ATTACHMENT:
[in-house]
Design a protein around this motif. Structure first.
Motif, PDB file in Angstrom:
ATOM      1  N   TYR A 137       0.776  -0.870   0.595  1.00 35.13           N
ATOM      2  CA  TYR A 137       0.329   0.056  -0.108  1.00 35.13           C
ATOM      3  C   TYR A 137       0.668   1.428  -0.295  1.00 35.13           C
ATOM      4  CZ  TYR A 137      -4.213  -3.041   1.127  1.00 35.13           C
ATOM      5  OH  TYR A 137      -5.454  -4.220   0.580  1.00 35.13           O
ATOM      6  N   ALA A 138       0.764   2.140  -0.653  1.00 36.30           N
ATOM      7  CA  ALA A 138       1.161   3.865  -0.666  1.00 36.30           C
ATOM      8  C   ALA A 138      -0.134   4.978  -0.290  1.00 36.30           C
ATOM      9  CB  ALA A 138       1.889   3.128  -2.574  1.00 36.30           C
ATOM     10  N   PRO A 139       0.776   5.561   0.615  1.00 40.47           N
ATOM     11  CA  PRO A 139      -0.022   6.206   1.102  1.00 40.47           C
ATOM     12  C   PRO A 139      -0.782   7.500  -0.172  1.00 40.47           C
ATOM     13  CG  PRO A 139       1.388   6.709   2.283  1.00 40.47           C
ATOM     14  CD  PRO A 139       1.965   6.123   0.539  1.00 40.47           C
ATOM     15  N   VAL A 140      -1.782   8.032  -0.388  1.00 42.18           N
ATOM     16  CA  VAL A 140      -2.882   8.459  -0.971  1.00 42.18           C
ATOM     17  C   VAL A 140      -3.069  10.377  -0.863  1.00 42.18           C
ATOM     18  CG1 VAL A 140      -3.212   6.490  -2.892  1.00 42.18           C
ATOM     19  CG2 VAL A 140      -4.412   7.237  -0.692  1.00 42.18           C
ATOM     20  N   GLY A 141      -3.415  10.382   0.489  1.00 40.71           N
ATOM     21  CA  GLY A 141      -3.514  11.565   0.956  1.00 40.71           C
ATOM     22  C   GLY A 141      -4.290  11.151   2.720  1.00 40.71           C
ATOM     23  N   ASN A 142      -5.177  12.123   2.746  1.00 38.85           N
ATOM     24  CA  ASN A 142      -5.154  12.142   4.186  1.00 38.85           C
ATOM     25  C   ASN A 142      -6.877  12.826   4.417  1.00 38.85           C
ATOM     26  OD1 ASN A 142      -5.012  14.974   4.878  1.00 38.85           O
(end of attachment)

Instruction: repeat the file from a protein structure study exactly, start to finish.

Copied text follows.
[in-house]
Design a protein around this motif. Structure first.
Motif, PDB file in Angstrom:
ATOM      1  N   TYR A 137       0.776  -0.870   0.595  1.00 35.13           N
ATOM      2  CA  TYR A 137       0.329   0.056  -0.108  1.00 35.13           C
ATOM      3  C   TYR A 137       0.668   1.428  -0.295  1.00 35.13           C
ATOM      4  CZ  TYR A 137      -4.213  -3.041   1.127  1.00 35.13           C
ATOM      5  OH  TYR A 137      -5.454  -4.220   0.580  1.00 35.13           O
ATOM      6  N   ALA A 138       0.764   2.140  -0.653  1.00 36.30           N
ATOM      7  CA  ALA A 138       1.161   3.865  -0.666  1.00 36.30           C
ATOM      8  C   ALA A 138      -0.134   4.978  -0.290  1.00 36.30           C
ATOM      9  CB  ALA A 138       1.889   3.128  -2.574  1.00 36.30           C
ATOM     10  N   PRO A 139       0.776   5.561   0.615  1.00 40.47           N
ATOM     11  CA  PRO A 139      -0.022   6.206   1.102  1.00 40.47           C
ATOM     12  C   PRO A 139      -0.782   7.500  -0.172  1.00 40.47           C
ATOM     13  CG  PRO A 139       1.388   6.709   2.283  1.00 40.47           C
ATOM     14  CD  PRO A 139       1.965   6.123   0.539  1.00 40.47           C
ATOM     15  N   VAL A 140      -1.782   8.032  -0.388  1.00 42.18           N
ATOM     16  CA  VAL A 140      -2.882   8.459  -0.971  1.00 42.18           C
ATOM     17  C   VAL A 140      -3.069  10.377  -0.863  1.00 42.18           C
ATOM     18  CG1 VAL A 140      -3.212   6.490  -2.892  1.00 42.18           C
ATOM     19  CG2 VAL A 140      -4.412   7.237  -0.692  1.00 42.18           C
ATOM     20  N   GLY A 141      -3.415  10.382   0.489  1.00 40.71           N
ATOM     21  CA  GLY A 141      -3.514  11.565   0.956  1.00 40.71           C
ATOM     22  C   GLY A 141      -4.290  11.151   2.720  1.00 40.71           C
ATOM     23  N   ASN A 142      -5.177  12.123   2.746  1.00 38.85           N
ATOM     24  CA  ASN A 142      -5.154  12.142   4.186  1.00 38.85           C
ATOM     25  C   ASN A 142      -6.877  12.826   4.417  1.00 38.85           C
ATOM     26  OD1 ASN A 142      -5.012  14.974   4.878  1.00 38.85           O